10. Attend the funeral.  If someone close to you lost a loved one perhaps one of the biggest gifts you can give is honoring your friend and their loved one’s memory by attending the funeral   Last year at my grandpa’s funeral most of my dad’s side of the family, all of my mom’s best college girlfriends, and my cousin’s best friend came to the funeral.  I remember feeling so taken care of and surrounded by love because of this simple act of solidarity.
  11. Give money to the cause presented in the obituary.  Usually this cause has something to do with the way the loved one died.
  12. Offer to clean their house.  In this season there are a lot of visitors coming in and out of the house and/or lots of arrangements being made so household cleaning falls by the wayside.
  13. Deliver groceries.  Similarly to household cleaning, common tasks like taking the trash out and going grocery shopping don’t happen.  Taking care of menial tasks allows the family some more time and space to either take care of funeral arrangements, grieve, and readjust to a new sort of life.
  14. Say “I’m so sorry.”  So many people don’t know what to say.  I know it’s uncomfortable but all you really need to say is “I’m so sorry” and give them a big, wrap-your-arms-around-and-squeeze hug.  If they cry, hold them firmly until they stop.  If you have more time with them or want to say more simply ask questions about the lost loved one.  What were they like?  What are some of your favorite memories with your grandma?  Please don’t ask “Oh, were you close?”  I’ve found that whenever I’m asked that I feel like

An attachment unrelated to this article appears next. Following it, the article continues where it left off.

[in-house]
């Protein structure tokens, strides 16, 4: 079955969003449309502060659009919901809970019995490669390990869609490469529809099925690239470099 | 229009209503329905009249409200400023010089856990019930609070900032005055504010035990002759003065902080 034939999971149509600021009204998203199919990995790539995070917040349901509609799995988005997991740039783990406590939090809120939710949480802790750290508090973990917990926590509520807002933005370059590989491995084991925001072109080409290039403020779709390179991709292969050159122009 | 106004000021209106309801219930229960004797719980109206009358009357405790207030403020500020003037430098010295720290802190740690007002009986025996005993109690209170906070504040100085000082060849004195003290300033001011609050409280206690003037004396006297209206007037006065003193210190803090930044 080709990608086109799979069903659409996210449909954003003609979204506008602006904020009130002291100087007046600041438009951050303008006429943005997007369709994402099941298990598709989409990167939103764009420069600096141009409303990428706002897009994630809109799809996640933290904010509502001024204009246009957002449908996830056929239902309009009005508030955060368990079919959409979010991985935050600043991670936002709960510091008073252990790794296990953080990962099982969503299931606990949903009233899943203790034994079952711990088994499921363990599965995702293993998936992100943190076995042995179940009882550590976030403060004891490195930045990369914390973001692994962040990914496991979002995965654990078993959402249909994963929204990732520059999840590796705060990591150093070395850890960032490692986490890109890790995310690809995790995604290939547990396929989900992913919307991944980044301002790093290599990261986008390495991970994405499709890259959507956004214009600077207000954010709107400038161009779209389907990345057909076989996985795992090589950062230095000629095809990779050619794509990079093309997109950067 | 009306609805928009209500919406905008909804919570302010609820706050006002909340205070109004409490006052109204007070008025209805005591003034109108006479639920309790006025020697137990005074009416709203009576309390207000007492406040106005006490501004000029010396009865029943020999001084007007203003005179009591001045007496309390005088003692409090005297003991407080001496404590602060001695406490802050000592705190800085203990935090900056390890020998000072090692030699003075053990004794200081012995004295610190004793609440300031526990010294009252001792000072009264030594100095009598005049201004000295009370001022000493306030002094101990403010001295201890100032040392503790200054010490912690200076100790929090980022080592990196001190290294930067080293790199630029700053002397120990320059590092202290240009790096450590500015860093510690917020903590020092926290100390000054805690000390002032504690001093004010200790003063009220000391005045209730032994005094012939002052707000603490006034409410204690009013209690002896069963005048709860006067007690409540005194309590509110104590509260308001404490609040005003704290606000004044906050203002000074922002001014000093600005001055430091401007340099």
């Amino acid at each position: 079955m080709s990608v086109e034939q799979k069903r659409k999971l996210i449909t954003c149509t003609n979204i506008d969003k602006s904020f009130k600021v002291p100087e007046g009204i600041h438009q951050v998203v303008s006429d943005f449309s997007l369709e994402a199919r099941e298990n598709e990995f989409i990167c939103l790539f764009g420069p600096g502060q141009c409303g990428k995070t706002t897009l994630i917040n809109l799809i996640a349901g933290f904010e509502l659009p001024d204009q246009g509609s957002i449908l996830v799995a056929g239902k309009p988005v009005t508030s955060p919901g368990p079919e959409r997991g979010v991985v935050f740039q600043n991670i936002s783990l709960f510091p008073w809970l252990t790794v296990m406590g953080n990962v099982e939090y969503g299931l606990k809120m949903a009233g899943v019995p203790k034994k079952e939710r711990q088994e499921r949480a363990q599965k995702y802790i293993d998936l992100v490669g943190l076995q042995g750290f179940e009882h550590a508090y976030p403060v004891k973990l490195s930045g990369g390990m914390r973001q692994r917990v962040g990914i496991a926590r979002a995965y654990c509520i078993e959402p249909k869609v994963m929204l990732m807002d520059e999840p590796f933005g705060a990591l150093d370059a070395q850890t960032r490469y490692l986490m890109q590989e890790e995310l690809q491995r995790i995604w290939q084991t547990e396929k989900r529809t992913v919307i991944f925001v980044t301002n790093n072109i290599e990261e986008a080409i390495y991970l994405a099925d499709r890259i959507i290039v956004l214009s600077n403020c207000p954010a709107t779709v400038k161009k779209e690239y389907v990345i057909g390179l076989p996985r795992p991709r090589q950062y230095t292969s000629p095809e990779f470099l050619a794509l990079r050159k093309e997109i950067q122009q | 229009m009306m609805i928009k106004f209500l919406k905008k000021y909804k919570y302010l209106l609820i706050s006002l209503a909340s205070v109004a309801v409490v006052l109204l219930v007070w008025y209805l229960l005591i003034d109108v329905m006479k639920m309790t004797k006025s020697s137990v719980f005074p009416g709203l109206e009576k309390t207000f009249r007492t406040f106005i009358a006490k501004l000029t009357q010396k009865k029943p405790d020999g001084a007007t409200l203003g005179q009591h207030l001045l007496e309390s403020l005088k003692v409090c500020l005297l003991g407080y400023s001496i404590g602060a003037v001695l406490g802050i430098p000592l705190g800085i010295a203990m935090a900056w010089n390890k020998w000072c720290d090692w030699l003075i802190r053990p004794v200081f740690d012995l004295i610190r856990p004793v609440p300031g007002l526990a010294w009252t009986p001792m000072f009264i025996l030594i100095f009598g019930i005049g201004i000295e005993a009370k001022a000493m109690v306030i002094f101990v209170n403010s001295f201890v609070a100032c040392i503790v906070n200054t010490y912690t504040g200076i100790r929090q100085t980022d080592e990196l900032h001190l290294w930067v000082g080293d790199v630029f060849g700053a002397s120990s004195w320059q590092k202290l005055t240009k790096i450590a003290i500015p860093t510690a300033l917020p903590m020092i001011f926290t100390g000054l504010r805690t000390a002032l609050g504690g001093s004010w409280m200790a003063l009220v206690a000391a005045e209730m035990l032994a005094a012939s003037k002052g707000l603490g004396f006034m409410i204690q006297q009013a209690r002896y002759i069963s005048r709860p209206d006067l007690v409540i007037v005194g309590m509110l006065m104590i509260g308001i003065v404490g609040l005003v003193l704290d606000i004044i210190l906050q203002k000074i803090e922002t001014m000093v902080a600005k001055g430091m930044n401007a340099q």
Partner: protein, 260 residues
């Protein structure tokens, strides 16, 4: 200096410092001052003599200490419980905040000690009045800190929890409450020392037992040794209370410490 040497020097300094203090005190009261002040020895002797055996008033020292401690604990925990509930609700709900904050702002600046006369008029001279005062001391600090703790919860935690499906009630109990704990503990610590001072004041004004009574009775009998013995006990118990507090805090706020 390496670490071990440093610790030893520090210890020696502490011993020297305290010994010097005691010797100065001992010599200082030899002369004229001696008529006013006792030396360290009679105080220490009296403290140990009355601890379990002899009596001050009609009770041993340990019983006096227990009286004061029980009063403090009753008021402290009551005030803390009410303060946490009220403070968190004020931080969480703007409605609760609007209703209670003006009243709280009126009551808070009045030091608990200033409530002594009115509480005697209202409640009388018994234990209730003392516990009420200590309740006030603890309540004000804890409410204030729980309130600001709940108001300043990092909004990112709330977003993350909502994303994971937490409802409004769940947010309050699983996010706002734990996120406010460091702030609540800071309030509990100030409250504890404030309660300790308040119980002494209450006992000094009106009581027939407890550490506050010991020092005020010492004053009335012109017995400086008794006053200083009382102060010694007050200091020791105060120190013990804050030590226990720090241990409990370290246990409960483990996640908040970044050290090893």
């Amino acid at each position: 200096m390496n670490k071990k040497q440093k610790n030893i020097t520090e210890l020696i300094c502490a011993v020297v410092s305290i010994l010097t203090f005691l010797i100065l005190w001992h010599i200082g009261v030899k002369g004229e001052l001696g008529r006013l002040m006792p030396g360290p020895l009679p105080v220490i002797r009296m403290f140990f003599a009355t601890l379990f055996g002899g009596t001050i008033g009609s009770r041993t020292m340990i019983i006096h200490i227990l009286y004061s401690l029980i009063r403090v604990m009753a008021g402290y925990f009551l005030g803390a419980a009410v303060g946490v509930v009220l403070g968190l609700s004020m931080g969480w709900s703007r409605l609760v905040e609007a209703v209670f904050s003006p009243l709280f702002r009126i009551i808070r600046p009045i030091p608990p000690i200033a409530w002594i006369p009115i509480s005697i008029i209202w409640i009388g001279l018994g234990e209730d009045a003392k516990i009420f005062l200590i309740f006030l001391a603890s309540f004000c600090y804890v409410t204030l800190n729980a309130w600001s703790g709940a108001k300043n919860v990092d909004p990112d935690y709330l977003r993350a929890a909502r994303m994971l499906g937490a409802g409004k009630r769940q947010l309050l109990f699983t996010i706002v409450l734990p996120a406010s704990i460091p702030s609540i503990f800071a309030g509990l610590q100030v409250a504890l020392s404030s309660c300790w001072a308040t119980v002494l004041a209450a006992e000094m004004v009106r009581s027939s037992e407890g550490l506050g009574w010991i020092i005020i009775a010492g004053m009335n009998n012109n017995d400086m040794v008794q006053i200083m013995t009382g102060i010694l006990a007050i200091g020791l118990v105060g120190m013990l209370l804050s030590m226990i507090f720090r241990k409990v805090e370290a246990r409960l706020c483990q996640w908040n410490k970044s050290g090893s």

15. “I’d like to help lighten your load, what can I do?”  “What can I do to help?” is also worlds different than “let me know how I can help.”  The former ilicits a response and the latter is more generic and unreachable.  The latter is the kind of thing everyone says, sometimes hoping the person they say it to never actually asks for help.  I’ve had so many kind offers from friends that sound something like, “let me know how I can help.” It’s a very sweet offer but I find I don’t feel I can actually take friends up on a statement like that.  I still feel like I would be a burden or a nuisance or an annoyance to actually ask for help.
  16. Help bear the burden of the bad news.  My mom has been the chief of all news and, thus, her phone doesn’t stop ringing.  A great way to help your friend through their difficult time would be to personally help make phone calls to pass along the news and give the funeral/memorial service information.  You can even start a calling tree and rally some more friends to help make the calls to lessen the burden of the bereaved.
  17. Give money.  Sometimes families are left with outrageous funeral expenses or medical bills and will go into debt without help.  By giving the gift of money directly to the family you are enabling them to stay afloat and are helping relieve another stressor.

On a final note, the best words spoken to me in my time of grieving my grandpa were right before his funeral.  All the family was gathered in the foyer when my father-in-law, George Calhoun, told us all something like “let yourself feel whatever you are feeling.”  The idea behind that statement is that everyone grieves differently and it’s too easy to feel like you have to be crying all day every day and, heaven forbid, you laugh at all.